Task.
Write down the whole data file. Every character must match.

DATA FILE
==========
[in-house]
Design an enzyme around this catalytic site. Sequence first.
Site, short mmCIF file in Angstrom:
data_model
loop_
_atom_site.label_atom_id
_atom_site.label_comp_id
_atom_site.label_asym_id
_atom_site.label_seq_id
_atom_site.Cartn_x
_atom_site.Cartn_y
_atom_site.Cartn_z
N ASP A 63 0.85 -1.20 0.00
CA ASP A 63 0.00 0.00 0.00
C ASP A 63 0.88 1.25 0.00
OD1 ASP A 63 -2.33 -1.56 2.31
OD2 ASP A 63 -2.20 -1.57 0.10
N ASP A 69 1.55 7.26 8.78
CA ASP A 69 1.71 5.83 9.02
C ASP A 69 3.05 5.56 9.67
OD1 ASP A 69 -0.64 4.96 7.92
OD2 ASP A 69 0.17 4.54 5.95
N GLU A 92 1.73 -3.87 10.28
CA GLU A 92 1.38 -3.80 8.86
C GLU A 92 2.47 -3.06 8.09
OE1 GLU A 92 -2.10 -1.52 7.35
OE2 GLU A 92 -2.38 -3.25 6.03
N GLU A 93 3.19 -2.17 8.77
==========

[in-house]
Design an enzyme around this catalytic site. Sequence first.
Site, short mmCIF file in Angstrom:
data_model
loop_
_atom_site.label_atom_id
_atom_site.label_comp_id
_atom_site.label_asym_id
_atom_site.label_seq_id
_atom_site.Cartn_x
_atom_site.Cartn_y
_atom_site.Cartn_z
N ASP A 63 0.85 -1.20 0.00
CA ASP A 63 0.00 0.00 0.00
C ASP A 63 0.88 1.25 0.00
OD1 ASP A 63 -2.33 -1.56 2.31
OD2 ASP A 63 -2.20 -1.57 0.10
N ASP A 69 1.55 7.26 8.78
CA ASP A 69 1.71 5.83 9.02
C ASP A 69 3.05 5.56 9.67
OD1 ASP A 69 -0.64 4.96 7.92
OD2 ASP A 69 0.17 4.54 5.95
N GLU A 92 1.73 -3.87 10.28
CA GLU A 92 1.38 -3.80 8.86
C GLU A 92 2.47 -3.06 8.09
OE1 GLU A 92 -2.10 -1.52 7.35
OE2 GLU A 92 -2.38 -3.25 6.03
N GLU A 93 3.19 -2.17 8.77